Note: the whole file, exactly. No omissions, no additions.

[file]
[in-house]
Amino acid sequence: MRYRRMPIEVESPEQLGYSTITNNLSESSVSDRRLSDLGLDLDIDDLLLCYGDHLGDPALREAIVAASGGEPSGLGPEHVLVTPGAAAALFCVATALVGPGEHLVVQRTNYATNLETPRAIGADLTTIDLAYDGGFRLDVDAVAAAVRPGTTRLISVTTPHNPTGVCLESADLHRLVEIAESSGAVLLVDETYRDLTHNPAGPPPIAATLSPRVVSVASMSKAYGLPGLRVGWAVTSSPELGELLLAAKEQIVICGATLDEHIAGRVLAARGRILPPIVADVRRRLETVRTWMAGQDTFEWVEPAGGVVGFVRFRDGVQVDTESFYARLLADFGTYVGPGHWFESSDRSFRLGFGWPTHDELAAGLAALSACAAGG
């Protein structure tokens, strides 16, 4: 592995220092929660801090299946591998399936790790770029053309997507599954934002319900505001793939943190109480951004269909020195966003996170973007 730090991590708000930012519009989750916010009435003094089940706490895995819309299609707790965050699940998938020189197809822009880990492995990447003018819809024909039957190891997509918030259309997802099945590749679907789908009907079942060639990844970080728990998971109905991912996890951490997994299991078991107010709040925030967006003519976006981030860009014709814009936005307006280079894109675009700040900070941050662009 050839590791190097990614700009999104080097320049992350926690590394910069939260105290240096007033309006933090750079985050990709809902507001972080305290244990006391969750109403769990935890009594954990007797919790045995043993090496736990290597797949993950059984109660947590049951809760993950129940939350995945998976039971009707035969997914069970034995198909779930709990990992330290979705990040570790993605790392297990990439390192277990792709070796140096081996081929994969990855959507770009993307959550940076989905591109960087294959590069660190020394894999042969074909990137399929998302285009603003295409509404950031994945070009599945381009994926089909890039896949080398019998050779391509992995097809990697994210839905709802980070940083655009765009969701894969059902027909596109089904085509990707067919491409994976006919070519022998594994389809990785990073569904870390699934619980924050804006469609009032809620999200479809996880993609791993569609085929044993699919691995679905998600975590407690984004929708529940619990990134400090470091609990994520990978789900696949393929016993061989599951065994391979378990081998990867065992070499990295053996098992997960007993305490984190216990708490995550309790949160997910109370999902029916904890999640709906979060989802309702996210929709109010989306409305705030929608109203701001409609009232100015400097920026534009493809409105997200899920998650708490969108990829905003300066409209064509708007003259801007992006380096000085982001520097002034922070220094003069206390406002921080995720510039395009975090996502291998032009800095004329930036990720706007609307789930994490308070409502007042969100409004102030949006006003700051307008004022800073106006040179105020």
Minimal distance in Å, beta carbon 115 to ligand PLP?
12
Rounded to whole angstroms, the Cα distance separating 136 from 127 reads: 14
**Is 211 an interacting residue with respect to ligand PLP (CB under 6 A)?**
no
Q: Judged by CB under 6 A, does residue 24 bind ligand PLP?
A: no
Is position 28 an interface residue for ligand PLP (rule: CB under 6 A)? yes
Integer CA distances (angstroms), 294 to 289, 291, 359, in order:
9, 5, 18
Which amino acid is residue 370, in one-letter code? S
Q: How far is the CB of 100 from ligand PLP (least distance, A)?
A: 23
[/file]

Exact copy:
[in-house]
Amino acid sequence: MRYRRMPIEVESPEQLGYSTITNNLSESSVSDRRLSDLGLDLDIDDLLLCYGDHLGDPALREAIVAASGGEPSGLGPEHVLVTPGAAAALFCVATALVGPGEHLVVQRTNYATNLETPRAIGADLTTIDLAYDGGFRLDVDAVAAAVRPGTTRLISVTTPHNPTGVCLESADLHRLVEIAESSGAVLLVDETYRDLTHNPAGPPPIAATLSPRVVSVASMSKAYGLPGLRVGWAVTSSPELGELLLAAKEQIVICGATLDEHIAGRVLAARGRILPPIVADVRRRLETVRTWMAGQDTFEWVEPAGGVVGFVRFRDGVQVDTESFYARLLADFGTYVGPGHWFESSDRSFRLGFGWPTHDELAAGLAALSACAAGG
């Protein structure tokens, strides 16, 4: 592995220092929660801090299946591998399936790790770029053309997507599954934002319900505001793939943190109480951004269909020195966003996170973007 730090991590708000930012519009989750916010009435003094089940706490895995819309299609707790965050699940998938020189197809822009880990492995990447003018819809024909039957190891997509918030259309997802099945590749679907789908009907079942060639990844970080728990998971109905991912996890951490997994299991078991107010709040925030967006003519976006981030860009014709814009936005307006280079894109675009700040900070941050662009 050839590791190097990614700009999104080097320049992350926690590394910069939260105290240096007033309006933090750079985050990709809902507001972080305290244990006391969750109403769990935890009594954990007797919790045995043993090496736990290597797949993950059984109660947590049951809760993950129940939350995945998976039971009707035969997914069970034995198909779930709990990992330290979705990040570790993605790392297990990439390192277990792709070796140096081996081929994969990855959507770009993307959550940076989905591109960087294959590069660190020394894999042969074909990137399929998302285009603003295409509404950031994945070009599945381009994926089909890039896949080398019998050779391509992995097809990697994210839905709802980070940083655009765009969701894969059902027909596109089904085509990707067919491409994976006919070519022998594994389809990785990073569904870390699934619980924050804006469609009032809620999200479809996880993609791993569609085929044993699919691995679905998600975590407690984004929708529940619990990134400090470091609990994520990978789900696949393929016993061989599951065994391979378990081998990867065992070499990295053996098992997960007993305490984190216990708490995550309790949160997910109370999902029916904890999640709906979060989802309702996210929709109010989306409305705030929608109203701001409609009232100015400097920026534009493809409105997200899920998650708490969108990829905003300066409209064509708007003259801007992006380096000085982001520097002034922070220094003069206390406002921080995720510039395009975090996502291998032009800095004329930036990720706007609307789930994490308070409502007042969100409004102030949006006003700051307008004022800073106006040179105020």
Minimal distance in Å, beta carbon 115 to ligand PLP?
12
Rounded to whole angstroms, the Cα distance separating 136 from 127 reads: 14
**Is 211 an interacting residue with respect to ligand PLP (CB under 6 A)?**
no
Q: Judged by CB under 6 A, does residue 24 bind ligand PLP?
A: no
Is position 28 an interface residue for ligand PLP (rule: CB under 6 A)? yes
Integer CA distances (angstroms), 294 to 289, 291, 359, in order:
9, 5, 18
Which amino acid is residue 370, in one-letter code? S
Q: How far is the CB of 100 from ligand PLP (least distance, A)?
A: 23